In a different life, I was once asked if Swansea wanted to take part in an imaginative pilot scheme to help revitalise the local economy.
The idea was to give city-centre based businesses an effective say on improvements – plus the funds to back it up.
As it happened, I’d already seen this kind of self-help initiative in action during a visit to the US. I also had great faith in the person who was doing the asking.
A while later, almost fifteen years ago to the day in fact, local government minister Sue Essex congratulated Swansea on backing the first Business Improvement District (BID) in Wales.
A massive amount has gone on since then and BID is an established part of the economic scene. It’s no surprise that its hands-on approach has been copied by towns and cities around the UK.
The main principle is simple. You have an independent self-financed body made up of local businesses who put their own stamp on what’s needed to make the city centre more welcoming and relevant to visitors. What’s important is that they’re able to deliver those improvements themselves.
There have been a number of success stories and while they may seem small in scale, that makes doesn’t make them any less significant.
The Ranger service and Big Heart promotions are probably the most visible contribution to the city centre’s well-being. However, full credit goes to the Taxi and Night Marshals who make a night out in Swansea a safer experience. Their presence has helped reduce anti-social behaviour by nearly a quarter.
The key element to remember about BIDs is that they’re not a local government offshoot or agency. They support council strategies but their priorities come from business. A succession of council administrations have acknowledged this relationship and the added value it brings.
Like it’s counterparts across the UK, Swansea’s city centre faces massive challenges. The impact of the pandemic has reinforced a shift in shopping and employment patterns. Getting things back to an even and sustainable footing is going to be no mean feat.
One thing I sure about in these uncertain times is that, given the chance, the people behind the BID will continue to work towards making the city a safe and accessible place that people want to visit and work.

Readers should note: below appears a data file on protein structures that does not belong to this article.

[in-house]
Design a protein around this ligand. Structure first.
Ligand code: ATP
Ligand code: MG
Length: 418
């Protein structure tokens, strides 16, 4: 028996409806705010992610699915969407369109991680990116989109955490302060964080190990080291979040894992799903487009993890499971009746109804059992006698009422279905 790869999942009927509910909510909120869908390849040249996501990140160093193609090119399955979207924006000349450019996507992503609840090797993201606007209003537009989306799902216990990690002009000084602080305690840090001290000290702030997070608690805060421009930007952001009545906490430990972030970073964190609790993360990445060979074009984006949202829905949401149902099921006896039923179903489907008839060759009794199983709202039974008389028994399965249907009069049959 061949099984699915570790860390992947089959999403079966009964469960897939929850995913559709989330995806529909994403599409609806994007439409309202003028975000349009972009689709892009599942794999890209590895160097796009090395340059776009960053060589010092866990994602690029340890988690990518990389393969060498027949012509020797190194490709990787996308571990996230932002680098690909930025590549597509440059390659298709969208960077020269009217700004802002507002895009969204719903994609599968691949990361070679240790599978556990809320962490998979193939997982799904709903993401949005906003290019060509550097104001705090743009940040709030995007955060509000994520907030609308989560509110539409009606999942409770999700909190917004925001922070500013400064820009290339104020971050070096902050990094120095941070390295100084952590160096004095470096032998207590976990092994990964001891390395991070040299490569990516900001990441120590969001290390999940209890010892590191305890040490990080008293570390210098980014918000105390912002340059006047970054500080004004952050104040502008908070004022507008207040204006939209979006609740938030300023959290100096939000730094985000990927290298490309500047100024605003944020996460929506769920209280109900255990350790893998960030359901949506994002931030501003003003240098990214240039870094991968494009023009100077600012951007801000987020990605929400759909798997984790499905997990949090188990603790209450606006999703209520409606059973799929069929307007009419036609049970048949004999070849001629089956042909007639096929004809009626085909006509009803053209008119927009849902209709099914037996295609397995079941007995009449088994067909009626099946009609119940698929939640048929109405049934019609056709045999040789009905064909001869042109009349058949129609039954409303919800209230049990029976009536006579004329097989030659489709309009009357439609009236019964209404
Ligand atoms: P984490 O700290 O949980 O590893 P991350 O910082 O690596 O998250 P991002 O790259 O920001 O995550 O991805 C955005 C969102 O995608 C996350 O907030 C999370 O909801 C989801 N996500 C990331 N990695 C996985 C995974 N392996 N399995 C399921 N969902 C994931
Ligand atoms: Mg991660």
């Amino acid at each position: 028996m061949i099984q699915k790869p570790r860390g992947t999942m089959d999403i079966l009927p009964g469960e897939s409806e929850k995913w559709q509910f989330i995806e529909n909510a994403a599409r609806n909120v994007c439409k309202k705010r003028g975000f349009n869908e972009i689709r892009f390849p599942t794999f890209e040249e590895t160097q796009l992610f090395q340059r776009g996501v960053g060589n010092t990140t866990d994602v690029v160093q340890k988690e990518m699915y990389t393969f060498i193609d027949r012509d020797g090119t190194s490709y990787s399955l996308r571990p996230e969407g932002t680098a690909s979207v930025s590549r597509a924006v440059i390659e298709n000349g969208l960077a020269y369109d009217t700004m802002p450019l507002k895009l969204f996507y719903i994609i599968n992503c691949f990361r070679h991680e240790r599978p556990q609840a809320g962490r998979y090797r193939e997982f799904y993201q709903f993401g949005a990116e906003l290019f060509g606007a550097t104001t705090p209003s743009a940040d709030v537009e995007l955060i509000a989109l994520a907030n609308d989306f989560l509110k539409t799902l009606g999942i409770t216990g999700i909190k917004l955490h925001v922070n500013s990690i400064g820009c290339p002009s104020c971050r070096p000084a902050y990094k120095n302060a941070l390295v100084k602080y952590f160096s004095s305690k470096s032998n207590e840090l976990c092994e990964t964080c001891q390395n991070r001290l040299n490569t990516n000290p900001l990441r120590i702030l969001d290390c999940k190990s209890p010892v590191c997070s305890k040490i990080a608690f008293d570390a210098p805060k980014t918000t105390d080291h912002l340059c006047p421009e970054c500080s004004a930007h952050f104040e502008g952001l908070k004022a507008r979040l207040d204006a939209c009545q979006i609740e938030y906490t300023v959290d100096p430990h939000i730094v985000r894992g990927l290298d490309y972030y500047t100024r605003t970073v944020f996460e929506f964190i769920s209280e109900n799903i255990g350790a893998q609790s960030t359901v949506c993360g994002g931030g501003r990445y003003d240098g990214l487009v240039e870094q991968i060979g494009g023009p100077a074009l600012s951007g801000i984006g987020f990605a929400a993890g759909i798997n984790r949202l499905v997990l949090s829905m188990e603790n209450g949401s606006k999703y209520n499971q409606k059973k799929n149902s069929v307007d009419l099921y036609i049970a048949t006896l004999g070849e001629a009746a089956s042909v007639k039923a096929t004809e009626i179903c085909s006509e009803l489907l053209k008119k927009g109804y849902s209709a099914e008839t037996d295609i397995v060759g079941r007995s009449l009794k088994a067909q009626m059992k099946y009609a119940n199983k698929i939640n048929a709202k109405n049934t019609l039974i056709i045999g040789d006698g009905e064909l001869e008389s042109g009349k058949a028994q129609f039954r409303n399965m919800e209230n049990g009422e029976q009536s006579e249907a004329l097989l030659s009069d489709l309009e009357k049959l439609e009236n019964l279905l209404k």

They have given businesses tremendous support under impossible circumstances. I hope this is recognised in coming months.
Buying online isn’t always the convenient option
My record of buying stuff online remains erratic to say the least.
I recently ordered some items from an electrical goods outlet (no names, no defamation). The payment went through quick enough but I started getting a bit twitchy when confirmation of shipping didn’t arrive.
What I didn’t know is that increased security by the vendor meant I was supposed to verify the order via a return email. Unfortunately, this info ended up in my junk mail and it was several days before I spotted it.
Anyway, things soon started happening once this was cleared up. An email told me I’d be receiving two separate deliveries. The problem was that this would be in a week’s time with a Bank Holiday in-between
I soon cheered up though as another email (plus a text) gave the good news that this had all changed and it was going to be much quicker.
The same system then told me the package had gone to a distribution centre in Yorkshire – which meant it would need to be strapped to a ballistic missile if it was going to meet the advised delivery slot
Nothing has arrived at the time of writing this. All of which makes me wonder as to who finds this arrangement convenient.
Not the customer, that’s for sure.